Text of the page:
Guns, Gams & Gumshoes

A defense attorney & PI who also happen to be writers

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Bored to Death: Tips from a Couple of PIs Who’re Also Writers

Posted by Writing PIs on October 16, 2009

private eyeWe’re hooked on Bored to Death, the new HBO series about a writer moonlighting as an unlicensed private eye in a state that requires licensing (ahem).  The latter point is a stickler with us because no way a person in any state that requires PIs to be licensed can simply place a craigslist ad that says “Hey, I’m unlicensed, hire me” as though that makes it all okay.  Sooner or later (more like sooner) a real PI, or someone associated with the regulatory agency, will see that ad or hear about the unlicensed PI’s activities, and the moonlighting will come to a cold-hearted, screeching halt.

But that aside, we love the show.  Love the goofy premises, love the pot-smoking magazine-editor boss George Christopher (played by Ted Danson, who steals the show), dig the PI’s sidekick pal Ray (played by Zach Galifianakis of The Hangover).  Being a couple of PIs who also write, we emphathize with the PI-protagonist who steals time from his writing to sleuth.  But being real-life PIs, we have to offer him these tips on being more professional:

Stop drinking with clients.   Most of your clients need PIs because they got themselves into a mess if not completely because of alcohol/drugs, at least partly.  Maybe Sam Spade drank with his clients, but why get fuzzy-brained when you need your brains the most?  And, oh by the way, don’t carry weed on your investigations.  The smell attracts more trouble than it’s worth.  Of course, this is part of the charm and funk of your fictional world–and where would that Ted Danson character be without that skunk?

Stop viewing clients as potential girlfriends.  Entanglements with troubled women will only drag you down.  Cases are tough enough to work, you don’t need the extra baggage of your heart on your sleeve.  Saying that, your fooling around with fair-haired damsel clients harkens back to the fictional greats (Sam Spade, Philip Marlowe), although it’d be nice if your writers let you occasionally score like the fictional greats, too.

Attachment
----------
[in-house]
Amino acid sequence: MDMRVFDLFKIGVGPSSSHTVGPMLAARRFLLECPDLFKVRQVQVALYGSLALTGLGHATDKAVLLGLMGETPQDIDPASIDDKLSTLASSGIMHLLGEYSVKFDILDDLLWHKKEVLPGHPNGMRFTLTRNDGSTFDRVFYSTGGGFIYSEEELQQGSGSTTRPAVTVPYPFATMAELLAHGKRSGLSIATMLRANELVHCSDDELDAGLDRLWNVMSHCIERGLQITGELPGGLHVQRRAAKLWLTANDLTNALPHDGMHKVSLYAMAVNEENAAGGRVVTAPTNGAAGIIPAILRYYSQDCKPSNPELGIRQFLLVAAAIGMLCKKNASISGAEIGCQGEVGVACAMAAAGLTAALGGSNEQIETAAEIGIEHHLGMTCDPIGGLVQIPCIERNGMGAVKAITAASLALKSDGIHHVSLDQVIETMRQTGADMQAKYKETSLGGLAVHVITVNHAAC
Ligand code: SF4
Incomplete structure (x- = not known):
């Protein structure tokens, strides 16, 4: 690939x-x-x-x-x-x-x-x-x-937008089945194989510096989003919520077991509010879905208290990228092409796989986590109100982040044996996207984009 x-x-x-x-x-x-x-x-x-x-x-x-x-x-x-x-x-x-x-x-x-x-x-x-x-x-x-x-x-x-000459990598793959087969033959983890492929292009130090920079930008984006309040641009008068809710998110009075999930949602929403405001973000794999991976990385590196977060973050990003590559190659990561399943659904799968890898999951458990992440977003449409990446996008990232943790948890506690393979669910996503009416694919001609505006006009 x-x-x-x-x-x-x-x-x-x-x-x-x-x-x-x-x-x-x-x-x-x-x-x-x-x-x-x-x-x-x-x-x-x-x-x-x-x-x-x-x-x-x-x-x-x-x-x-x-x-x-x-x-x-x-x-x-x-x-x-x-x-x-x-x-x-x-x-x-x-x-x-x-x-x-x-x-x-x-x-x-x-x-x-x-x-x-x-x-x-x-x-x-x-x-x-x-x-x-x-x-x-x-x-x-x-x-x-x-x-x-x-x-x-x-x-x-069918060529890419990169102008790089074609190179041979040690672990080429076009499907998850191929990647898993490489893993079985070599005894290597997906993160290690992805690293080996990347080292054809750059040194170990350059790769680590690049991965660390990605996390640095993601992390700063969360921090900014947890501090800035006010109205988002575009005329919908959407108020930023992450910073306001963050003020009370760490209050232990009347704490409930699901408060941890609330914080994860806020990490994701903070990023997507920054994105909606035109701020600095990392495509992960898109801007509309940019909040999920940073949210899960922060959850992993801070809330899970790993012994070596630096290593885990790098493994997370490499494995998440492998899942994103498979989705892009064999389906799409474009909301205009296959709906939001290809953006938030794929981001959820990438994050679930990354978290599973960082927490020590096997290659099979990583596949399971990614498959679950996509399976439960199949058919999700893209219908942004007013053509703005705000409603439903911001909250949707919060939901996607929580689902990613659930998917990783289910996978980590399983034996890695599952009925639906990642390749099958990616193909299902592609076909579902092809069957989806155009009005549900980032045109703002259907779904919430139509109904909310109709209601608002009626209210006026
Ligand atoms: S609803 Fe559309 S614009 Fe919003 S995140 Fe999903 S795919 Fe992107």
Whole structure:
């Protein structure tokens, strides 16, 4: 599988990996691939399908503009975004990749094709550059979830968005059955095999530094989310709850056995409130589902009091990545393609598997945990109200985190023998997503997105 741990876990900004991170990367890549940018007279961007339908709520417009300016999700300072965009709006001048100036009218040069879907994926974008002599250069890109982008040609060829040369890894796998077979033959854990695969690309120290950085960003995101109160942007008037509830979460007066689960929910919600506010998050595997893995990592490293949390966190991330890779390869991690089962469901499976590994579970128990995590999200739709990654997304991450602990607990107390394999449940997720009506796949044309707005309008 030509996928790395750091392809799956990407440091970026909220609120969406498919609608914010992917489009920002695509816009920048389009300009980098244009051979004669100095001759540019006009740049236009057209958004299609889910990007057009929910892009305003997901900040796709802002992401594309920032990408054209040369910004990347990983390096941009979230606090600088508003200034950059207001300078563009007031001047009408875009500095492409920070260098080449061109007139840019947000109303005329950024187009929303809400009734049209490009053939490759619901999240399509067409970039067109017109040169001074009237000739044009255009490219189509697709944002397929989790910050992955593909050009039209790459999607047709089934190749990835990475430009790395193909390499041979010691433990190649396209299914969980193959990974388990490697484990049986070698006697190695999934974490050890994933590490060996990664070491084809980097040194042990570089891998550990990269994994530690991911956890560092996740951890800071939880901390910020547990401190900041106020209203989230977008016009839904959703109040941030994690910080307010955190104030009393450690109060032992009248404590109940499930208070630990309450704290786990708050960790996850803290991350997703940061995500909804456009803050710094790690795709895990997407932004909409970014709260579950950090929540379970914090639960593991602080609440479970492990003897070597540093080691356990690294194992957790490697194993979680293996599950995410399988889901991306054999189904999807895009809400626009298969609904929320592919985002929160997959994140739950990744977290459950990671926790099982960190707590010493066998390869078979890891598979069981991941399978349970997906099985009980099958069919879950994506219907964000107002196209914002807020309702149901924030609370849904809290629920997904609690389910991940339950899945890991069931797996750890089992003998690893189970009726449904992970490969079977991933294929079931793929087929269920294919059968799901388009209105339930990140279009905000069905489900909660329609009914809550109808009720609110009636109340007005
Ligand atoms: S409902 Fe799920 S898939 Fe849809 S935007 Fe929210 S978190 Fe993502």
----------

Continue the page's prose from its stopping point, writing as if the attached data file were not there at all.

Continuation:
Lose the trench coat.  It worked for Columbo back in the 70s, but this is the digital age.  Pitch it to the Salvation Army.  Try camel hair or a nice Gor-Tex.  But then, this is an offbeat comedy, and a trench coat is so cliche, it’s funny.

Try getting a retainer that reflects the difficulty of the work.  You’re going for desperate retainers–a hundred bucks on a whim, or a freebie because you got a crush on the client.  Thought you were moonlighting to make money, bud.  Fix an hourly rate, figure the hours and expenses to be worked, and get that upfront in cash, not kisses. 

Buy a camera.  So far, we’ve only seen you documenting cases with your eyes–that’s not convincing proof.  A visit to a pawn shop for a digital camera can go a long way toward convincing a judge or anyone else that your claims are truthful.

Speaking of a judge, back to your licensure situation.  You got a problem proving any case because you’re openly breaking New York state law.  If you work a case that goes to court, you’d be in a pickle.  The court may report you to the police or even disregard the evidence you’re presenting.  After all, New York state has a very active lobby for licensed private investigators and they don’t like interlopers, even cute ones with surfer boy haircuts.  On the other hand, you’re building some great conflict for future stories–can’t wait to see how you handle explaining to the judge that being unlicensed is just part of your charm as a character.

But fiction is fiction, not reality, so we’ll be back next week, watching our favorite new fictional unlicensed PI cavorting with babes, haggling for retainers, and dressing like a surfer-boy Columbo.  Here’s watching you, kid.

Holmes

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